Hattie McDaniel, born today in history, June 10, 1895, in Wichita, Kansas, would’ve been 121 years old today, were she still alive.
In 1925, she became one of the first African American women on radio. In 1934, she landed her on-screen break in "Judge Priest." In 1940, she became the first African American to win an Oscar for her role as Mammy in "Gone with the Wind." In 1947, she starred on CBS radio’s "The Beulah Show." She made more than 70 films and died on October 26, 1952, in Los Angeles, California.
A film based on her life has long been in the air, with Mo’Nique first revealing in 2010 that she owns the rights to McDaniel’s life story, and she planned to star in the biopic. Recall that at the time, she said she wanted Lee Daniels to direct it. However, as of today, it doesn’t look like much progress has been made since the initial announcement 5 years ago. In fact, the project isn't even listed on Mo'Nique's IMDBPro page. So it's in Limbo.
There was a documentary on McDaniel's controversial career, directed by Madison D. Lacy, and released in 2001. Titled "Beyond Tara: The Extraordinary Life of Hattie McDaniel," the film was made for TV and aired on AMC. Hosted and narrated by Whoopi Goldberg, the second black actress to receive an Oscar, the hour-long program examines McDaniel's stardom, her civil rights activism and her death, along with her exclusion from the Hollywood Forever cemetery because of her race.
Unfortunately, the documentary doesn't appear to be available on any home video format.
Two years ago, almost 80 years after the publication of Margaret Mitchell’s best-selling novel "Gone With The Wind," it was announced that the character we all know as Mammy, as played by McDaniel in the film adaptation, would be finally getting her own back story – although in book form… at least for at the time.
Simon & Schuster imprint Atria published "Ruth’s Journey: The Story of Mammy from Gone with the Wind," a fictional telling of the life of one of the original novel’s central characters – Mammy, who otherwise remains nameless. The book hit bookstores (off- and online) on October 14.
Donald McCaig, the award-winning author of the Civil War-set "Jacob’s Ladder," and who was also chosen by the Margaret Mitchell estate to write "Rhett Butler’s People," the authorized sequel to "Gone With the Wind," is the author of "Ruth’s Journey."
This prequel, which was also authorized by Mitchell’s estate, tracks Scarlett O’Hara’s no-nonsense maid’s life from her birthplace – the French colony of Saint-Domingue, now known as Haiti – to Savannah, GA. in the early 19th century.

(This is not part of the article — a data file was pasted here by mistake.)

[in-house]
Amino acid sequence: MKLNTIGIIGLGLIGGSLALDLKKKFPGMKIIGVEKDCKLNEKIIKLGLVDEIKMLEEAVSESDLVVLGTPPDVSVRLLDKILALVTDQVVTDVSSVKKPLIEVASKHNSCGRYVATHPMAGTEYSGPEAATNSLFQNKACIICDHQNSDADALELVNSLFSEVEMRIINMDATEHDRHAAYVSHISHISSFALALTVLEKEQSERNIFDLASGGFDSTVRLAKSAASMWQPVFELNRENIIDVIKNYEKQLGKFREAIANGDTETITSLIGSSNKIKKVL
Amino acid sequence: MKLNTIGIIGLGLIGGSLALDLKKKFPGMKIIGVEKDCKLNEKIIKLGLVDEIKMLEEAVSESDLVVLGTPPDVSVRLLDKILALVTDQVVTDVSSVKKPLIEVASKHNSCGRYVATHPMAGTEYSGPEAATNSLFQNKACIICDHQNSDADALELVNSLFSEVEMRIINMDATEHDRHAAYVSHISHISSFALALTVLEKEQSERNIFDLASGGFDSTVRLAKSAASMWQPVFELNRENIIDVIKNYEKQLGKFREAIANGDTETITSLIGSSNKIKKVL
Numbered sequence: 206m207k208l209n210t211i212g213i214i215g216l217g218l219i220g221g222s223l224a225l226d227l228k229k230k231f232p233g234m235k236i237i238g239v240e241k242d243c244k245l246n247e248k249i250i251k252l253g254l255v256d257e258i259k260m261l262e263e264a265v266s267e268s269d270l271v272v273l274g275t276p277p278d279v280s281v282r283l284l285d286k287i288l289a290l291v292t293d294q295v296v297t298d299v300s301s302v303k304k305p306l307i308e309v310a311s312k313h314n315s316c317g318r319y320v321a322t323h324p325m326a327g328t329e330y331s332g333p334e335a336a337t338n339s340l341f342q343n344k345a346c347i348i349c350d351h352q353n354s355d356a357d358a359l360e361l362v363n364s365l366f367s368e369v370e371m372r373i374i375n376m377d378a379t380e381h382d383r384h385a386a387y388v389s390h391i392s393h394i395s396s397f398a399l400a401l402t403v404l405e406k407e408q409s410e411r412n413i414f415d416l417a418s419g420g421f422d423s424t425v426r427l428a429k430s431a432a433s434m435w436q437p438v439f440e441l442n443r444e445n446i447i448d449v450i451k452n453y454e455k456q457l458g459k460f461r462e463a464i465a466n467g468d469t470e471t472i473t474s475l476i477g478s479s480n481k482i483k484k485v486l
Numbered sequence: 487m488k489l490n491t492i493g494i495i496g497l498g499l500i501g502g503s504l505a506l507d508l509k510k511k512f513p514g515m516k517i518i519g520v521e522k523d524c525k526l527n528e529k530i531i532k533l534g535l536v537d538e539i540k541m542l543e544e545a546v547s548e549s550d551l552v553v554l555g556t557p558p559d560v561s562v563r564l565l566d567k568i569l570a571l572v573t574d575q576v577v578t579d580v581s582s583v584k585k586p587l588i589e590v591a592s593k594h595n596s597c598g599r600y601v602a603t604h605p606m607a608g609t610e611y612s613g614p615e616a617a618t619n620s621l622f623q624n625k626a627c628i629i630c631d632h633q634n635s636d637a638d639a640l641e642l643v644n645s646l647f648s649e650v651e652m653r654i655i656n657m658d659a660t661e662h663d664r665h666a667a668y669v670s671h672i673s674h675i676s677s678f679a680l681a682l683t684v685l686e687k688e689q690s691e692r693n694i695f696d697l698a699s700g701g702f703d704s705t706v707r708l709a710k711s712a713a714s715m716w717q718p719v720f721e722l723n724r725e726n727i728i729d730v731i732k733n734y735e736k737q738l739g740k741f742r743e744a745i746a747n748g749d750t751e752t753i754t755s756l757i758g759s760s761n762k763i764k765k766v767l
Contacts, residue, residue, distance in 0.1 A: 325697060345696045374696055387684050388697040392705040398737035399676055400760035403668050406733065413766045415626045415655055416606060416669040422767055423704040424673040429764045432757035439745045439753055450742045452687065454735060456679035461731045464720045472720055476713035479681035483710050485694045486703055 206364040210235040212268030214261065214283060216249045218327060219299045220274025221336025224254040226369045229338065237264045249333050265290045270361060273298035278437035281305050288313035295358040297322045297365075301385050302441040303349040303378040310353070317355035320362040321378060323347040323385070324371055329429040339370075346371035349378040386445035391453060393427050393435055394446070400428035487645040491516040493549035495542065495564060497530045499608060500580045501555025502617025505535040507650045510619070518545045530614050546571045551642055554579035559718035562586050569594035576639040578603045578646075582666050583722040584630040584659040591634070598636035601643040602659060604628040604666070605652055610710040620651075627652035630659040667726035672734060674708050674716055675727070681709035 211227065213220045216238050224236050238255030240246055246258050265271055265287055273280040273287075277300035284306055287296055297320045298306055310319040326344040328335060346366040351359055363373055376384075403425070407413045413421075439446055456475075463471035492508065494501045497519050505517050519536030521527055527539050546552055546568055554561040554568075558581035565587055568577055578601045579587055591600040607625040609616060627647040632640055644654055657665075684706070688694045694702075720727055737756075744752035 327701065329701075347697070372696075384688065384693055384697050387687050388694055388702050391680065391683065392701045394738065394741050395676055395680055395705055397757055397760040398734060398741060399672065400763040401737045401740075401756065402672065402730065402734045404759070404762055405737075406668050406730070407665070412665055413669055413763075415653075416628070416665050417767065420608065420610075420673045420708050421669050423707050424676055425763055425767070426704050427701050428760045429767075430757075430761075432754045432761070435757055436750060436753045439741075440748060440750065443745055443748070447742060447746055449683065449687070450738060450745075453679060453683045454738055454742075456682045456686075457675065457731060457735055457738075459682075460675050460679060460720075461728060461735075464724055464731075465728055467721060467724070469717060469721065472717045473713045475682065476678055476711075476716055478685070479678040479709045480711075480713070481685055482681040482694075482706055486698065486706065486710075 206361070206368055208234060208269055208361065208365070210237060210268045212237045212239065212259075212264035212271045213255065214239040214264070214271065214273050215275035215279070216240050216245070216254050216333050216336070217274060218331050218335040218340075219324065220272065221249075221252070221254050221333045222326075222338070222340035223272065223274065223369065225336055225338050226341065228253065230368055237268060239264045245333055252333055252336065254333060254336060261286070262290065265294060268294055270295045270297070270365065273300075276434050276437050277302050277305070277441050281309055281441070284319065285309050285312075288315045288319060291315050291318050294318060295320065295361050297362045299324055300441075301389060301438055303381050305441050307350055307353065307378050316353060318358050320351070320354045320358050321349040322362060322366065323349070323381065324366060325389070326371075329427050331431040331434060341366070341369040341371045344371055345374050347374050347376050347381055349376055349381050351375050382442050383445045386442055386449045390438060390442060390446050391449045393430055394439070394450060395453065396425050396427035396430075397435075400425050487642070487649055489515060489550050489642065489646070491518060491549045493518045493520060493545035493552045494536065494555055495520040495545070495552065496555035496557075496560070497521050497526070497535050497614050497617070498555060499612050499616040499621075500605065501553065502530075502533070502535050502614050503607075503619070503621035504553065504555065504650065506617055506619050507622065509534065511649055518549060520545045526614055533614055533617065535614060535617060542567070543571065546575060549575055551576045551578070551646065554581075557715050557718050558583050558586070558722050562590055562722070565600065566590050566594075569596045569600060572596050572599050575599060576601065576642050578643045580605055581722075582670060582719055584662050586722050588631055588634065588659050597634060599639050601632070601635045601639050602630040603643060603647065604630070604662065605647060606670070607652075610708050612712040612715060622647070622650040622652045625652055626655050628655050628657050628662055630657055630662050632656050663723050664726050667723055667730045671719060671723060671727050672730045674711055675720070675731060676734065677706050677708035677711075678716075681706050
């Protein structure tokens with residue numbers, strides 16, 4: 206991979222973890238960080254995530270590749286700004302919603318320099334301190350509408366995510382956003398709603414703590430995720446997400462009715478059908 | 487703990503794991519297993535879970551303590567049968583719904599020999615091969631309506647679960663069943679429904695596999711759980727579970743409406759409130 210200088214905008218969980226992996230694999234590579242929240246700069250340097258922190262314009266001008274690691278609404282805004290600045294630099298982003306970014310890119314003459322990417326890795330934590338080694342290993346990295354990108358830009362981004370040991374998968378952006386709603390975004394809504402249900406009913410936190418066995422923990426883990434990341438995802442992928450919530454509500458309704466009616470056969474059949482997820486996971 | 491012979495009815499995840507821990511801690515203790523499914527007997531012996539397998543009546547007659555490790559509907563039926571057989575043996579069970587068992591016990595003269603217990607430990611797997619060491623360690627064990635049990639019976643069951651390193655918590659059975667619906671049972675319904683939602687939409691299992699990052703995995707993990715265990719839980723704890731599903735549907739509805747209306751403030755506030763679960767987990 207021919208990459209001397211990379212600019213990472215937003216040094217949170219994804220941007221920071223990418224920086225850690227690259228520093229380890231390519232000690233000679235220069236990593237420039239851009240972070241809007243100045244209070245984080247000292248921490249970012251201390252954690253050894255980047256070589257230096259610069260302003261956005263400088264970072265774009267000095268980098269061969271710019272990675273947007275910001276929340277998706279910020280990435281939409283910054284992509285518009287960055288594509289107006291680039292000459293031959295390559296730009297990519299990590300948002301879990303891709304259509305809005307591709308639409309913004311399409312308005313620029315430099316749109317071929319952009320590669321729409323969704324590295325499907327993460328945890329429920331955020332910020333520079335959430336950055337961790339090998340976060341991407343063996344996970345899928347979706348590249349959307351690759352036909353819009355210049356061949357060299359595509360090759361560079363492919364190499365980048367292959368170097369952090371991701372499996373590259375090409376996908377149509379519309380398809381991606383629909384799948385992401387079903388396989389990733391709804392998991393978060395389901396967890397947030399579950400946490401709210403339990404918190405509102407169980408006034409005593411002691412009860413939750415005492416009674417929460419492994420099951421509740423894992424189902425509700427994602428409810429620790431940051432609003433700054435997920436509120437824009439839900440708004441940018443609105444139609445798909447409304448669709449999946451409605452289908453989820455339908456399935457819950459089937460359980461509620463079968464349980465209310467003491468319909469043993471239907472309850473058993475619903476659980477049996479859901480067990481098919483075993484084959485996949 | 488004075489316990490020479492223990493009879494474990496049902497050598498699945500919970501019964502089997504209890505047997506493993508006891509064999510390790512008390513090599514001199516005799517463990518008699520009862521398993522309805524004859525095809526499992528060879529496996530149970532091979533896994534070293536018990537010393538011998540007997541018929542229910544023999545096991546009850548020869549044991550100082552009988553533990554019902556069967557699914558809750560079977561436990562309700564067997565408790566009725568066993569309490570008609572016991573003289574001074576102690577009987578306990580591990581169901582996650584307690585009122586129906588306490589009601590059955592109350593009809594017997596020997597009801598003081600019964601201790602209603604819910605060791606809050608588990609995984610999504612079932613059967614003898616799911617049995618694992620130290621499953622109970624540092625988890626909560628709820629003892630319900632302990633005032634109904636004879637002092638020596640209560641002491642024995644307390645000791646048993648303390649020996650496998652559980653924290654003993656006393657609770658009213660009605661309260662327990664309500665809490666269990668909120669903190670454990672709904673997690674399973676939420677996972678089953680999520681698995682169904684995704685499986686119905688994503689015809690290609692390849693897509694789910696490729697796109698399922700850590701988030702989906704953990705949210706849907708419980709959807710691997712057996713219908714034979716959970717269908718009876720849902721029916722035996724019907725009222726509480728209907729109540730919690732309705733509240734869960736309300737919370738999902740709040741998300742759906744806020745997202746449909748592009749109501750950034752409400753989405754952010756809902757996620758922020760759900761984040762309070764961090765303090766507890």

"Mammy is one of the truly powerful figures in the book and movie and, oddly enough, one of the figures nobody tends to think much about," said McCaig in a press statement. "When people say what is 'Gone With the Wind' about, they say it’s a love story between Rhett Butler and Scarlett O’Hara. But Mammy is almost a third party."
He added: "I was interested in how an African American slave could play such a tremendously important part in a well-to-do white family. I wondered where she came from, had she ever been in love, had she had a child."
The new 416-page novel also tackles criticisms Margaret Mitchell faced over her novel, including her romanticizing of antebellum life, as well as the one-dimensional depictions of black characters in her original novel, starting, of course, with Mammy, who was immortalized on film in 1939 by Hattie McDaniel, in a performance that saw her become the first black actor/actress to win an Academy Award.
The first two-thirds of "Ruth’s Journey" are written in the 3rd person, and the last third in Ruth’s own tongue, which author McCaig says "was tremendously risky. But I think it’s the best part of the book."
Of course, with McCaig being a 70-something-year-old white man, his quest to "give Mammy a voice" and tell her story has been, was met with concern and criticism for what should be obvious reasons.
A question that immediately came to mind when the book was announced, was whether a film adaptation would also follow – especially as movies set during that particular era, are seemingly in favor right now.
An announcement of one certainly wouldn’t surprise me at all.
Finally, did you know that, in the history of the Academy Awards, more than a few Oscars statuettes have either gone missing or were stolen?
55 disappeared from a Los Angeles loading dock just days before the ceremony in 2000. All but two were recovered.
In 1938, an unidentified man jumped onstage to accept an award on behalf of Best Supporting Actress winner Alice Brady, who was too ill to attend. The man was never seen again — and neither was Brady’s award.
In 2002, UPS lost Whoopi Goldberg’s Best Supporting Actress Oscar when it was sent out for cleaning. It was later found in a trash can.
And then there’s the case of Hattie McDaniel, and her Best Supporting Actress Oscar for her role as Mammy in "Gone With the Wind" – an award that has been missing for decades!
In the audio report below, NPR investigates… "The Curious Case Of Hattie McDaniels’ Missing Oscar" (I've shared this a few times in past years, so some of you have already heard it; but there are always those for whom it's new):